Supreme Court says Minnesota ban on political apparel in polling places too broad

The Supreme Court on Thursday struck down Minnesota’s ban on wearing “political” apparel to polling places, saying that the state’s intentions may be good but that its law was too broad and open to differing interpretations. But Minnesota’s prohibition on the wearing of a “political badge, political button or other political insignia” raised more questions than it answered, Roberts wrote, and gave too much discretion to volunteer election judges trying to figure out what counted as “political” and what did not. “Here, the unmoored use of the term ‘political’ in the Minnesota law, combined with haphazard interpretations the state has provided in official guidance and representations to this court, cause Minnesota’s restriction to fail even this forgiving test.” The Supreme Court decided 25 years ago that states could ban electioneering and distributing campaign materials within 100 feet of polling places, and all states have restrictions. But Minnesota and nine other states go further. Cilek was told that he could not vote without covering up or losing the T-shirt. That said, a shirt displaying a rainbow flag could be worn ‘unless there was an issue on the ballot’ that ‘related somehow . But a shirt with the text of the First Amendment? Sotomayor wrote that the Supreme Court should have first given the Minnesota Supreme Court a chance to interpret the law. All justices agreed that states may impose restrictions on speech at polling places. The state may reasonably decide that the interior of the polling place should reflect that distinction.” The case is Minnesota Voters Alliance v. Mansky.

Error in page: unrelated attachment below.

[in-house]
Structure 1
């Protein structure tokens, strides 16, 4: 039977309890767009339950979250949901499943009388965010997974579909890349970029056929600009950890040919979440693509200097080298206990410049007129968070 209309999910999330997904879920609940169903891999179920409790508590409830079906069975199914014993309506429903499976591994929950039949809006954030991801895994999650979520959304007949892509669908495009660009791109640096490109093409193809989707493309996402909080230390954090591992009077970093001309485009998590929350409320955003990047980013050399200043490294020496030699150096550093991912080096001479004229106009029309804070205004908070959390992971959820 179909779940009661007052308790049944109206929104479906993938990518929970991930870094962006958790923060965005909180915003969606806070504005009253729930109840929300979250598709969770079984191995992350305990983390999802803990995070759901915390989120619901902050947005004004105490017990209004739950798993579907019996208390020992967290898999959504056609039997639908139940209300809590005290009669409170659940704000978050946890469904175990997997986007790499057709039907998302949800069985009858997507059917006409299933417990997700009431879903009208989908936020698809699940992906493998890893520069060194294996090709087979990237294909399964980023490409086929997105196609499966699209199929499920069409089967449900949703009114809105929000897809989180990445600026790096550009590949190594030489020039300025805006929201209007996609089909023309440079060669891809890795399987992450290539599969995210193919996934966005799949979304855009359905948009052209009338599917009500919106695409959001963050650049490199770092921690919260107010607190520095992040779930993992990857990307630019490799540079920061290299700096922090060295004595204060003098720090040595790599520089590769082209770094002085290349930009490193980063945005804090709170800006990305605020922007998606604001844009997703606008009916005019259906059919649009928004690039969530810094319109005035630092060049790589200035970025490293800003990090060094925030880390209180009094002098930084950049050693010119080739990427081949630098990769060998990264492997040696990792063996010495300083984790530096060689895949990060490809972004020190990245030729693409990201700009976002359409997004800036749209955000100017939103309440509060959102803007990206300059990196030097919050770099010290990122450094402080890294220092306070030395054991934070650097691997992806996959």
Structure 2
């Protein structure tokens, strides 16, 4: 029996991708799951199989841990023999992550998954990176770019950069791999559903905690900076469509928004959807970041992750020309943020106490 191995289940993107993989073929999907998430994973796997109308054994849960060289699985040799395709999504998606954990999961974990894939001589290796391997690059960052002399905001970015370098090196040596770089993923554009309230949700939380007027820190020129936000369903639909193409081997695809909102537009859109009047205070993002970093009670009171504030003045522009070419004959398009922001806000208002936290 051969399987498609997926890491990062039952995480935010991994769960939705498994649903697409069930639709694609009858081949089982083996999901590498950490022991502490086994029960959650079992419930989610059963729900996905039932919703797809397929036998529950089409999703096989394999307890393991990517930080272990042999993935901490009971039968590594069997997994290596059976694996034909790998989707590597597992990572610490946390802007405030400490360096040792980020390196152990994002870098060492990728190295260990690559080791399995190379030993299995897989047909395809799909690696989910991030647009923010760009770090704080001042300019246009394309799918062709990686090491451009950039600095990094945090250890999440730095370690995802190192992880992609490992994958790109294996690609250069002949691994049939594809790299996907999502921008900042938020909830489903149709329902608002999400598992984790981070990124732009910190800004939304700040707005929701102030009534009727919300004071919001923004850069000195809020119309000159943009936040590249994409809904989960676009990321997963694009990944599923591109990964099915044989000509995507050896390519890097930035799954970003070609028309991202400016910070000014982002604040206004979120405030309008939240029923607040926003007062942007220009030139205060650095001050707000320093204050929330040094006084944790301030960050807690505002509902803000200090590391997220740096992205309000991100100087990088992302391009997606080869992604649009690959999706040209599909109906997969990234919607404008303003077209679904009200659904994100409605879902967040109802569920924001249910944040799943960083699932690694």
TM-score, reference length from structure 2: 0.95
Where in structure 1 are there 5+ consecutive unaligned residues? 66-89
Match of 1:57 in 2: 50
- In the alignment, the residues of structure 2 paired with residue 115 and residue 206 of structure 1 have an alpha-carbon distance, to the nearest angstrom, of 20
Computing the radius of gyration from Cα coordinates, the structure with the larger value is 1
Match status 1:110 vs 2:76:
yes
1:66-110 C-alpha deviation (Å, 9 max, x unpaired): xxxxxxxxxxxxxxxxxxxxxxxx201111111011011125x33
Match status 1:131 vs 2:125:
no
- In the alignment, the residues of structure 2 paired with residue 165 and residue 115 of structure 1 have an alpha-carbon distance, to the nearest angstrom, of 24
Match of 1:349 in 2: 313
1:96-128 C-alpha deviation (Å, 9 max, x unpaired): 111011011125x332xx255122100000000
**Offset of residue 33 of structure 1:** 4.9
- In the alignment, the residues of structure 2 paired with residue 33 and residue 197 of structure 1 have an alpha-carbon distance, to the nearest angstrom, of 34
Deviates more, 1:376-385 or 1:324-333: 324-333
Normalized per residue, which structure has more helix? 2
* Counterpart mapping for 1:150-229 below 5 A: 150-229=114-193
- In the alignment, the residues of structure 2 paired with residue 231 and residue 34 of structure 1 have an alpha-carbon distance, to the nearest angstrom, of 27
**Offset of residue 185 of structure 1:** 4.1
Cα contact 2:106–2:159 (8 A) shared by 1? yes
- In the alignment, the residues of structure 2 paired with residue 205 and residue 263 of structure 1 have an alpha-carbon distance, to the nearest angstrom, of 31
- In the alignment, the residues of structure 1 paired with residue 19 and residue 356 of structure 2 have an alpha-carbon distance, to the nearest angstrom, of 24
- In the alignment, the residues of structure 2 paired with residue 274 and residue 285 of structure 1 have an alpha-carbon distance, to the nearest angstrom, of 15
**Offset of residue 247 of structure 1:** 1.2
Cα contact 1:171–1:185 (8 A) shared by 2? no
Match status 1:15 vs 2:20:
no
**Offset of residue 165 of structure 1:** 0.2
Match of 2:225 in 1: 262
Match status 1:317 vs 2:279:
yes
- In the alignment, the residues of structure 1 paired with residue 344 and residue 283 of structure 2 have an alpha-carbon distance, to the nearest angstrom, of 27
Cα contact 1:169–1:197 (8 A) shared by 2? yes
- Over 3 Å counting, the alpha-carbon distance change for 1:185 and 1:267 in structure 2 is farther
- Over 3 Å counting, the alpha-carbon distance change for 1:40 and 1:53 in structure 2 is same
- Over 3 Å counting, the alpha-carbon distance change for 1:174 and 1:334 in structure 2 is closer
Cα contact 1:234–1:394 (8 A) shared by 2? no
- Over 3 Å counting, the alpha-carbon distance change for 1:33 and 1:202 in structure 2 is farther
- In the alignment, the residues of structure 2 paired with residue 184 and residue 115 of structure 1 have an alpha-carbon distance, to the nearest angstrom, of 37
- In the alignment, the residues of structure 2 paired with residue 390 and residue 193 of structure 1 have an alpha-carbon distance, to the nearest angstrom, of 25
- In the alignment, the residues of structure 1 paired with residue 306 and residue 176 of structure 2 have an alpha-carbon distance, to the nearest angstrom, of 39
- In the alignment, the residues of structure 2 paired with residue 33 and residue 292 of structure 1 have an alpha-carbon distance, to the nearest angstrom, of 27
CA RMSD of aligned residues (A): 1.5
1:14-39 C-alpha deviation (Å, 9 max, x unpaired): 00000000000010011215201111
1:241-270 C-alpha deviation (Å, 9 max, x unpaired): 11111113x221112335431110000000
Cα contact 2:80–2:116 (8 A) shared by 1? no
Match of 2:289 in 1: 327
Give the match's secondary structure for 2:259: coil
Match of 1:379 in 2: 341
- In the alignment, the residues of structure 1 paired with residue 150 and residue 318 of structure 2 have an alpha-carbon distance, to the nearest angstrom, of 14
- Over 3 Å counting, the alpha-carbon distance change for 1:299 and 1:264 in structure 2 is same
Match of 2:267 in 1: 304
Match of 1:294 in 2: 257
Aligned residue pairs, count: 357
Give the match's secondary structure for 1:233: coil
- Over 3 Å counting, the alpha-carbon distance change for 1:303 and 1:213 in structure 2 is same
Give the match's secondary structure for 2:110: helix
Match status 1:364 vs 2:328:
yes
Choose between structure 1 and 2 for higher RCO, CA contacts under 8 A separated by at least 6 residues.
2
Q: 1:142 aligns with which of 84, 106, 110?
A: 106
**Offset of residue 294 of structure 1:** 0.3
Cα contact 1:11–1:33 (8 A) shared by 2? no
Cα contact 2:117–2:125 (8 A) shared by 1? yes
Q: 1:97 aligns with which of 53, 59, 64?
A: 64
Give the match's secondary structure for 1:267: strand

Supreme Court strikes down political dress code at polls in latest decision involving voting

WASHINGTON — Overly broad state laws that ban wearing political messages inside polling places are unconstitutional, the Supreme Court ruled Thursday. During oral argument in February, state officials said the law had not been challenged until now. Chief Justice John Roberts issued the court's opinion, calling the state's effort to make polling places less clamorous admirable. Sotomayor had expressed support for the state law during oral argument in February, noting some people viewed "Please I.D. All 50 states regulate campaign advocacy in and around polling places for reasons most of the justices readily defended during oral argument. Federal district and appeals courts dismissed the complaints from Andrew Cilek and the Minnesota Voters Alliance, but the Supreme Court has been protective of free speech rights even when it disagrees with the message. The problem, Roberts said, is that Minnesota's prohibition doesn't specify what's allowed and what isn't, leaving too much up to the whim of temporary polling place officials. The case was one of several before the court this term that affect voting, which the justices have quarreled over for years following their landmark 5-4 decision in 2013 striking down a key section of the Voting Rights Act. Can a state prohibit voters from wearing a "Make America Great Again" or "#MeToo" T-shirt? And why would it be OK to herald First Amendment freedom of speech rights across one's chest, but not Second Amendment rights affecting firearms -- a differentiation Minnesota allowed?